Updated Jan 16, 2024 - Politics & Policy

Trump arrives at court for E. Jean Carroll defamation case after Iowa victory

Writer E. Jean Carroll (right) with her counsel Roberta Kaplan (left) outside of a courthouse in New York City in May 2023.

Writer E. Jean Carroll (right) with her counsel Roberta Kaplan (left) outside of a courthouse in New York City in May 2023. Photo: Spencer Platt/Getty Images

Fresh off his decisive win in the Iowa caucuses, former President Trump was in a Manhattan courtroom on Tuesday for the start of a civil trial over a defamation lawsuit filed by author E. Jean Carroll.

Why it matters: Trump's attendance at the hearing was voluntary. He has already been found liable for defamatory remarks he made against Carroll when he denied her rape accusations in 2019, so the jury will determine how much he owes Carroll in damages.

  • Tuesday's hearing marks the start of the second civil trial Trump faces stemming from a defamation claim from Carroll.
  • At the end of the previous trial, a jury held Trump liable for sexual abuse and defamation and ordered him to pay Carroll $5 million in damages.

The latest: A jury of nine people was selected Tuesday afternoon before the court adjourned until 3pm EST, CNN reports.

  • The jury is expected to be sworn in after the trial resumes, followed by opening statements.
  • When the trial began earlier on Tuesday, Second Circuit Judge Lewis Kaplan, who is overseeing the trial, denied a request from Trump's attorney to postpone the trial's start until Thursday so that the former president would not have to decide whether to be in court or at his mother-in-law's funeral,
  • It was the second time Judge Kaplan declined to postpone the trial, after Trump's lawyers previously requested a week-long delay.
  • He also reiterated his previous ruling that Trump, if he intends to speak at the trial, could delay his testimony until Jan. 22.
  • After jury selection began, Judge Kaplan told prospective jurors that those selected will receive additional security measures to protect them from unwanted attention and harassment.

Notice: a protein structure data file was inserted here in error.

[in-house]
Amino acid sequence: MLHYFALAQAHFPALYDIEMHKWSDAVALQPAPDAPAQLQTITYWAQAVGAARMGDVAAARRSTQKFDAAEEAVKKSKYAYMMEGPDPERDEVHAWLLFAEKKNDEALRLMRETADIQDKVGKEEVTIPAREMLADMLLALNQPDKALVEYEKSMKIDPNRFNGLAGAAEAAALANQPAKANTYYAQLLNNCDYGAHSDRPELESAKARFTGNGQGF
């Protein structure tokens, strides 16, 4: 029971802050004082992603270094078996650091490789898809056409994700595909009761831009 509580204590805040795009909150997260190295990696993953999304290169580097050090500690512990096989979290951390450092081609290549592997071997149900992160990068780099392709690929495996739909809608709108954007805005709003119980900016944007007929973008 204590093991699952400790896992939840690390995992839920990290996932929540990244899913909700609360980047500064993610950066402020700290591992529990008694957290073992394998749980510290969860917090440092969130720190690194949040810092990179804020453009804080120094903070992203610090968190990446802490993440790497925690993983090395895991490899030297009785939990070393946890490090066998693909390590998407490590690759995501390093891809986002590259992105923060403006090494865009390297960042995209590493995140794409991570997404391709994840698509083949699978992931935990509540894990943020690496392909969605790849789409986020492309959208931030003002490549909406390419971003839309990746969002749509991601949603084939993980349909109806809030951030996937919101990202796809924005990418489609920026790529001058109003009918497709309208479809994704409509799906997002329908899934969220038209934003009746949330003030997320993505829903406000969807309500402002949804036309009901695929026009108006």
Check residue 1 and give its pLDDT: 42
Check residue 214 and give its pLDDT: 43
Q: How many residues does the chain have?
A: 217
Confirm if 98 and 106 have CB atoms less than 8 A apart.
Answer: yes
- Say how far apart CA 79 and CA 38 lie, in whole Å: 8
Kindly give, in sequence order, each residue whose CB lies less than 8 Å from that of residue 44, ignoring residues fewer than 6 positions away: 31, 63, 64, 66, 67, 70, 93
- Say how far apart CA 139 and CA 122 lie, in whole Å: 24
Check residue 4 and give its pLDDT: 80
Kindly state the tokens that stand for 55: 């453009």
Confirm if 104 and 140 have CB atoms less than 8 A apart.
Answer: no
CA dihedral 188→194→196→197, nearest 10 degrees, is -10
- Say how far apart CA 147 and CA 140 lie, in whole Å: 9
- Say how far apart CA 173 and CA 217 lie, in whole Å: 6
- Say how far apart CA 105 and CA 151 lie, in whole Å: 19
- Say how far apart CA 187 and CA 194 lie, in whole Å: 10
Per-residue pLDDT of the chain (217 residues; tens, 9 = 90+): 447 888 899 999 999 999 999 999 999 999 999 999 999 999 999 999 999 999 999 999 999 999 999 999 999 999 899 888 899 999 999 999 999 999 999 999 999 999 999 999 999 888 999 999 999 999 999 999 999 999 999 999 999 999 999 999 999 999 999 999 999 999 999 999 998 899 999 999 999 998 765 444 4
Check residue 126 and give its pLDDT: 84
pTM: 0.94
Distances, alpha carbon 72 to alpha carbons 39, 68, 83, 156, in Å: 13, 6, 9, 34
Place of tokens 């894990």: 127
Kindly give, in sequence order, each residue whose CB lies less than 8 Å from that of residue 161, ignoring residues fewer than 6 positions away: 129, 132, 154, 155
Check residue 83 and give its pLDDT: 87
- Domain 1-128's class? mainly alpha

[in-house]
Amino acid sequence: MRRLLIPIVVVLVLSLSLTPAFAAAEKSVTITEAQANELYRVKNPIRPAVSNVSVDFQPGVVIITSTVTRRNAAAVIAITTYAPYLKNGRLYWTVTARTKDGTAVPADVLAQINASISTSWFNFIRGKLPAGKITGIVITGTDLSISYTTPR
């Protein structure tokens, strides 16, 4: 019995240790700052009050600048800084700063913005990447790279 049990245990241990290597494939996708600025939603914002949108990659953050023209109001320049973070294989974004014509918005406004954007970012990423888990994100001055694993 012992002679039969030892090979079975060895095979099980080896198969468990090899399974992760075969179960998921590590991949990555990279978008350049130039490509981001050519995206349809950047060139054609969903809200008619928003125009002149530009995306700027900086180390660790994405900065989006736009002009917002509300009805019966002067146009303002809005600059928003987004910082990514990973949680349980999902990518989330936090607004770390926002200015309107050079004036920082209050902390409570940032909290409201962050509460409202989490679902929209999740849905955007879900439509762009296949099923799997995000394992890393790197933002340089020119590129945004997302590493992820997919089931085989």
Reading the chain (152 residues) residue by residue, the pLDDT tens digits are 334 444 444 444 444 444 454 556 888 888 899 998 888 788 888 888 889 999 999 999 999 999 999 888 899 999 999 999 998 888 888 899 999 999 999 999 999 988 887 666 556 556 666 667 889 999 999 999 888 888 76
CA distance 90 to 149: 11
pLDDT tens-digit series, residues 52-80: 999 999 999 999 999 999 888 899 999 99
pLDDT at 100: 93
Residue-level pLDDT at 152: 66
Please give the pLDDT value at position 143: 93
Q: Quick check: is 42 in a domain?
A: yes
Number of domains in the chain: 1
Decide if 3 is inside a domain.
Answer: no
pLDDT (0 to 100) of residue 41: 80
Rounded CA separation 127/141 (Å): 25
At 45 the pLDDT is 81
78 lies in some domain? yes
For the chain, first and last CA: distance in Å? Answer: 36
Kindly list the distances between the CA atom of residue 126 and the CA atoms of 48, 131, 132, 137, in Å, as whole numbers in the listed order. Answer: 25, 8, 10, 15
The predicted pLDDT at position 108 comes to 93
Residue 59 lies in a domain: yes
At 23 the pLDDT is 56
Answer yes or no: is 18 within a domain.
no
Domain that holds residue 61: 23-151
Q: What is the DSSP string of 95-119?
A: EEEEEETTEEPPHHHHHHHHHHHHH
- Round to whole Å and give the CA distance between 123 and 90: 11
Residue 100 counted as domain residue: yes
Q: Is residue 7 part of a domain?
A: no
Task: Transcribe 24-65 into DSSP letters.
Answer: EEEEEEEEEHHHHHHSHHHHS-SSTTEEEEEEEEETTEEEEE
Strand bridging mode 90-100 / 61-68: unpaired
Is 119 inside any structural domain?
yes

• The judge said their identifications would remain anonymous and that personal information would not be made public or shared with the court or involved parties.

Catch up quick: The new trial is over Carroll's original 2019 defamation lawsuit against Trump.

  • While in the White House, Trump mocked Carroll and claimed that she fabricated her rape accusations against him to boost her book sales. A jury found the remarks to be defamatory in the previous trial.
  • The new trial also will determine the damages Trump owes after remarks he made about Carroll during a televised CNN town hall last year following the end of the first trial.

The big picture: Trump has repeatedly tried to delay or dismiss Carroll's original lawsuit.

  • The U.S. Court of Appeals for the Second Circuit ruled in December that Trump waived his right to the immunity defense by not invoking it when he first responded to Carroll's original lawsuit.

The former president also filed a counter-lawsuit against Carroll, claiming she defamed him by alleging that he had raped her after the jury's verdict in the previous trial.

  • The jury did not find Trump liable for rape, though it was one of the types of battery the jurors were instructed to consider by the judge.
  • Trump's counter-lawsuit was thrown out by the Judge Kaplan, who ruled that, "The difference between Ms. Carroll's allegedly defamatory statements — that Mr. Trump 'raped' her as defined in the New York Penal Law — and the 'truth' — that Mr. Trump forcibly digitally penetrated Ms. Carroll — are minimal."

Zoom out: Trump, the frontrunner in the Republican primary, has repeatedly made the courtroom an extension of the campaign trail.

  • He turned up multiple times at his New York civil fraud trial, including as recently as last week, when he sought to dismiss that case as a "political agenda" during closing arguments.
  • He also attended oral arguments last week in his federal 2020 election interference case.

What to watch: Jury selection is scheduled this morning, and opening arguments could take place by the afternoon.

Go deeper: 31 minutes: Trump's historic Iowa victory puts America on notice

Editor's note: This story has been updated with additional details.

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